Cultivated plants don't fit perfectly into the taxonomy table, because they have been artificially altered by human intervention. Hybrid varieties are therefore classified according to their parent species, plus X for cross. 'Heritage' or 'heirloom' varieties are cultivated plants that have not been altered for enough generations that they "breed true" - their seeds produce the same kind of plant as the parent. But since fruit trees can't be relied-on to bear the kind fruit of we want through natural reproduction, we humans take control, and propagate them artificially - effective yanking them right out of the evolutionary process.

Grafting has nothing to do with seed production: it's purely mechanical. To make sure that a fruit tree is the same as its parent, they literally use a part of the original tree to make a new tree. 

Quote

You can often tell where a fruit tree has been grafted by scarring near the base of the trunk. If you buy a fruit sapling from a nursery, you can pretty much take for granted that it's been grafted: it's standard practice in horticulture.

Edited by Peterkin
to complete a sentence
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Thanks.

The same type of question for 'determinate' and 'indeterminate'  Which I believe pertains to fruiting times.

 Is there anywhere in the taxonomy clasification list where to learn if a -say tomato- varietal is determinate or not ?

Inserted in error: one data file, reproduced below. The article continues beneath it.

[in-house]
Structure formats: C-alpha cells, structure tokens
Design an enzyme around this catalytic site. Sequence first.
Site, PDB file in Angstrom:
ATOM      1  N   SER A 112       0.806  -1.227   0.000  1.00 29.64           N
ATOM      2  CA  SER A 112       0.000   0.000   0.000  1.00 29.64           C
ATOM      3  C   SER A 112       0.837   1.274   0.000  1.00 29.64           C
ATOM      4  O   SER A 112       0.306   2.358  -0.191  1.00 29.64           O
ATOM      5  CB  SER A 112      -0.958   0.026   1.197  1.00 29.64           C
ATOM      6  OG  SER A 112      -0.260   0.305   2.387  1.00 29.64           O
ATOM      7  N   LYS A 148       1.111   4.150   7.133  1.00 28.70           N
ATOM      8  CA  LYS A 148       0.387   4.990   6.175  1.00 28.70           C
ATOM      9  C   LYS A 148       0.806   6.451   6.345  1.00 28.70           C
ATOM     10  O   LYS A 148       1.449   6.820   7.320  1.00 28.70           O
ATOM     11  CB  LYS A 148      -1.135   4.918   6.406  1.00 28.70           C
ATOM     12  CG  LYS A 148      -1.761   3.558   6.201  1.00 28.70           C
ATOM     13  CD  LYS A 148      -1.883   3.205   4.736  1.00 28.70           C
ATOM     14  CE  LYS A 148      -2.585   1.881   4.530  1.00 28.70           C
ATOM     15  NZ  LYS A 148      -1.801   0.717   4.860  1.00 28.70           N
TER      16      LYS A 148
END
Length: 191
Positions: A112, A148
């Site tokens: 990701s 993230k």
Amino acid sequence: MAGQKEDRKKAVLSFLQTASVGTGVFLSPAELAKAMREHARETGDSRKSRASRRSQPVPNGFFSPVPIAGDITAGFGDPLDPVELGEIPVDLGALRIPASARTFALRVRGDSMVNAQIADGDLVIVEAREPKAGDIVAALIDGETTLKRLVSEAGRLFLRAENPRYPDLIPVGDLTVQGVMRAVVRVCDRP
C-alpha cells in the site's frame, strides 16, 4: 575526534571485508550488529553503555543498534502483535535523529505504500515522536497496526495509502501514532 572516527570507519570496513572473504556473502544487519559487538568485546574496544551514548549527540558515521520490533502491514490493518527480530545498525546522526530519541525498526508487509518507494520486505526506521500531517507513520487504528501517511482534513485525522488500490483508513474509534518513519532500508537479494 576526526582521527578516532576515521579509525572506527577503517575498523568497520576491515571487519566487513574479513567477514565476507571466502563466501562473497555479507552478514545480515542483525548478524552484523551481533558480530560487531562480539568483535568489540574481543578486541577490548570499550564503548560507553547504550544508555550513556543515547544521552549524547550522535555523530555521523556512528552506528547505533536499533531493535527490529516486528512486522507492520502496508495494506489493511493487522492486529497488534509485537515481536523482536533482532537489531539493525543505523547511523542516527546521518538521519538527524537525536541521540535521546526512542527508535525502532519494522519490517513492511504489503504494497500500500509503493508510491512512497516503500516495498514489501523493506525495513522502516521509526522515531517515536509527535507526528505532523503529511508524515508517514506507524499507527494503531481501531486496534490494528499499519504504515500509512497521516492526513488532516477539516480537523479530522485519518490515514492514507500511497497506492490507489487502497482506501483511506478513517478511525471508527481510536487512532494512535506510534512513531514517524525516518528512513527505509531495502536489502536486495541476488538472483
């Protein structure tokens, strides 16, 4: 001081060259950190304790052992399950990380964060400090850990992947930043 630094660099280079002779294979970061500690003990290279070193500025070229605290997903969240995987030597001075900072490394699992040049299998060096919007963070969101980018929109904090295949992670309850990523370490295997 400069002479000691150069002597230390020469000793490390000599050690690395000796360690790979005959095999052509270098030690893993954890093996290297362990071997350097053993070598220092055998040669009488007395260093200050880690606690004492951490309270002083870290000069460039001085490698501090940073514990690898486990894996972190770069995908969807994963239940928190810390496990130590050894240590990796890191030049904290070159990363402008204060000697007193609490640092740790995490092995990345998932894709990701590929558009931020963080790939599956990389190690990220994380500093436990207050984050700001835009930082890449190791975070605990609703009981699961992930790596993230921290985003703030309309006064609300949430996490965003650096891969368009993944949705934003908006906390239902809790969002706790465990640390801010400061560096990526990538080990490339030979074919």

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3 hours ago, Externet said:

Thanks.

The same type of question for 'determinate' and 'indeterminate'  Which I believe pertains to fruiting times.

 Is there anywhere in the taxonomy clasification list where to learn if a -say tomato- varietal is determinate or not ?

In tomatoes, those words refer to the growth habit of the plant itself. Determinate means it grows like a bush, up to a certain height - usually around 3' - and then stops growing upward and just makes more branches sideways. Indeterminate means it's essentially a vine: it  just keeps growing at the end of its central stalk and can reach 20' or more. Only, unlike other vines, tomatoes can't clutch on to supports, so they need to be tied to uprights. They can be trained, within certain limits, to grow horizontally on a support, so that you can trellis them like grapes. Tomatoes are further categorized by leaf shape, and as heirloom/heritage or hybrid by whether they can breed true. If you get an heirloom tomato variety and save a ripe fruit, you can use the seed from it to grow the same kind of plant.  The time of fruiting is when the plant reaches maturity and the weather conditions are right (generally: warm days and cool nights. The packet of seed usually say how many days to maturity (40-60)

The actual taxonomy stops at species: Solanum lycopersicum L. – garden tomato, but there are thousands of cultivars or varieties within the species.